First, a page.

Dispersion modeling of a plume in the tar sands area

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  • The plume rise, spread and supporting meterological and source data given in Slawson et al (1978) were further analyzed in order to provide a more suitable data set upon which a site-tuned plume dispersion model could be developed. This dispersion model was considered to consist of a buoyant plume rise and growth phase followed by an atmospheric (Gaussian) dispersion phase. Since a truly predictive plume dispersion model is ultimately required for use in emission limitation control programs some effort was spent in developing and testing a predictive one dimensional planetary boundary layer model. Both analytical and simple numerical integration plume rise and growth models are described in some detail and tested against a reduced set of observed time-mean plume behavior. The numerical integration plume rise models (NIM) proved to be superior to the analytical models for the G.C.O.S. plume as: (1) non-linear temperature and win~ fields were more easily incorporated, (2) the Boussinesq approximation (which proved to be significant) was not required, and (3) low windspeed predictions were improved. Thus, a NIM is recommended for plume rise and growth in the buoyant phase. Considerable time was spent on re-analyzing the aircraft inplume transect data in an attempt to reduce scatter and obtain more consistent standard deviations of plume spread (sigmas) and their rates of growth under various atmospheric stability conditions so that a better comparison with several typing schemes could be made. Plume cross-section isopleths were constructed from the aircraft transect data for all cross-sections flown and are contained in an Appendix. The sigma data abstracted from the isopleths had less scatter than that found previously and correct trends in the data were noted. A sigma typing scheme due to Briggs (1975) was selected as best representative of that observed in the absence of cross-wind shear. Since an equivalent Gaussian plume dispersion model was required a tentative empirical formulation for the effects of cross-wind shear enhanced diffusion was extracted from the data. Also, a model that incorporates the effect of plume distortion directly into a modified Gaussian plume model is described and tested against some of the observed plume cross-sections. A plume rise and Gaussian dispersion model based on these measurements of the G.CO.S. plume is described and tested against observed ground plane aircraft transect data. This model may form the basis for a subsequent Syncrude plume model.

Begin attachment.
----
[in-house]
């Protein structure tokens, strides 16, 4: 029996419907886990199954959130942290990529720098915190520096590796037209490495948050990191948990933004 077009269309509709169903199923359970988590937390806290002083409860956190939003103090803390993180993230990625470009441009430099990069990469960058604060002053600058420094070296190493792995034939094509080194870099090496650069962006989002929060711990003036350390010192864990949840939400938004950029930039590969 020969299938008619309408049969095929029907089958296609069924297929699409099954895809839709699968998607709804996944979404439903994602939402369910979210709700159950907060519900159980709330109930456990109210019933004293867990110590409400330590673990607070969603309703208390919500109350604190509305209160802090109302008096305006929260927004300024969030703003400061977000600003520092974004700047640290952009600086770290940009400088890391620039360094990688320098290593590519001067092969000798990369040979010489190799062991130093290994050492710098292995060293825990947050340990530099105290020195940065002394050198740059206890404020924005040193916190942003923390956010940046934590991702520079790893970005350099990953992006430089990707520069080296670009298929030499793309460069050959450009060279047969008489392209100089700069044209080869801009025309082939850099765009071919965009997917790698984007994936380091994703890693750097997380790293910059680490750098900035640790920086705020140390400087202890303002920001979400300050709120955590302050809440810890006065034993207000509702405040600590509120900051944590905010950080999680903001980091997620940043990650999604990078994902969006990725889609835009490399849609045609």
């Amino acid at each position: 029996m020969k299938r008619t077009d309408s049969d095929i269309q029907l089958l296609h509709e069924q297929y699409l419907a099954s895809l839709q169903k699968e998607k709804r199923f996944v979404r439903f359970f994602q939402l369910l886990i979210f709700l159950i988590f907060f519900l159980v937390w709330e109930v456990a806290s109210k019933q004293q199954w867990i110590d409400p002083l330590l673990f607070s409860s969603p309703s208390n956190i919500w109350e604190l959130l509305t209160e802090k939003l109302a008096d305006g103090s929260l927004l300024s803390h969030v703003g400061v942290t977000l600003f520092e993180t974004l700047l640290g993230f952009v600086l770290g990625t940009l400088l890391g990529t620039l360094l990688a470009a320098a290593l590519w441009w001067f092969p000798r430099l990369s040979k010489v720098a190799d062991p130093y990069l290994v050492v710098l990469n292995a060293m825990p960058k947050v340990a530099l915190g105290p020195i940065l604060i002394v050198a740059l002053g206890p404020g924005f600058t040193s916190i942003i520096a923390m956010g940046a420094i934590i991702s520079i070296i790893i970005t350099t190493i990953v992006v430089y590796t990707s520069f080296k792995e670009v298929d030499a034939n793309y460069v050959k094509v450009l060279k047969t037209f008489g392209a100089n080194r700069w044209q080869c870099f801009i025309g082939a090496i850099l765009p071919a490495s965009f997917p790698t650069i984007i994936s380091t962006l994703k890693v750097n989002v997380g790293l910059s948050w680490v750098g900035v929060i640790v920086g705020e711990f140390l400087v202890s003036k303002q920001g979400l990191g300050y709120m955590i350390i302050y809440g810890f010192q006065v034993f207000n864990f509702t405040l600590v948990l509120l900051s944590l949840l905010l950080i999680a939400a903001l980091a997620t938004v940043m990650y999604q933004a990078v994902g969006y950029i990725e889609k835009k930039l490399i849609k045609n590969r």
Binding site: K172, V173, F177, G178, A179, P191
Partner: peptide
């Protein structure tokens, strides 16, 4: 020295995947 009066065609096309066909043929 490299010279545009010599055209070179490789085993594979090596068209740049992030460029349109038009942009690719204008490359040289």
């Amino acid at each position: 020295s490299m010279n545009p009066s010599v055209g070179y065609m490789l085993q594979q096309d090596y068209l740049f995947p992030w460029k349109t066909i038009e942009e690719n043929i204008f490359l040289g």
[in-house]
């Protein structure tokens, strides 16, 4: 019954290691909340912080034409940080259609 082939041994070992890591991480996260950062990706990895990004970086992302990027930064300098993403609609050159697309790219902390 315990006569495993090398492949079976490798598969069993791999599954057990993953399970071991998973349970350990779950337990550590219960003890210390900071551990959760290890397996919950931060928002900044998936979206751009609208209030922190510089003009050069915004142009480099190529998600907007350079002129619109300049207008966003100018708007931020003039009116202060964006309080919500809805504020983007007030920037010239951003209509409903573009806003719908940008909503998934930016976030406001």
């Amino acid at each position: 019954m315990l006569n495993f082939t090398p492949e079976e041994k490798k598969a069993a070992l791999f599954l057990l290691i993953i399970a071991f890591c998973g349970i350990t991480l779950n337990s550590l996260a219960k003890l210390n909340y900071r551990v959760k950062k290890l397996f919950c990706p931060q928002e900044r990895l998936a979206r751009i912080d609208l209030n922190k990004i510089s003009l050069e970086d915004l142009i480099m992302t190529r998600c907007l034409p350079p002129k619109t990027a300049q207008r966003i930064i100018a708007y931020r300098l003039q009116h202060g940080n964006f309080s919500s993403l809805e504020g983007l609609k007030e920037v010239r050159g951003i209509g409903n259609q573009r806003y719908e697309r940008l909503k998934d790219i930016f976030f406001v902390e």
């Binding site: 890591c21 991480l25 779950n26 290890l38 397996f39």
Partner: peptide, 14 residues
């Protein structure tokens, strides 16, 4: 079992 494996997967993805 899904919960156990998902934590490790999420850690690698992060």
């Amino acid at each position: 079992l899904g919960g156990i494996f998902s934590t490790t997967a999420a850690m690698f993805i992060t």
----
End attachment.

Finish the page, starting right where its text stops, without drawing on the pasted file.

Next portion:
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    Conditions of Use Slawson, P.R., G.A. Davidson and C.S. Maddukuri, 1980. Dispersion modeling of a plume in the tar sands area. Syncrude Canada Ltd., Edmonton, Alberta. Environmental Research Report 1980-1. 316 pp. Permission for non-commercial use, publication or presentation of excerpts or figures is granted, provided appropriate attribution (as above) is cited. Commercial reproduction, in whole or in part, is not permitted without prior written consent. The use of these materials by the end user is done without any affiliation with or endorsement by Syncrude Canada Ltd. Reliance upon the end user's use of these materials is at the sole risk of the end user.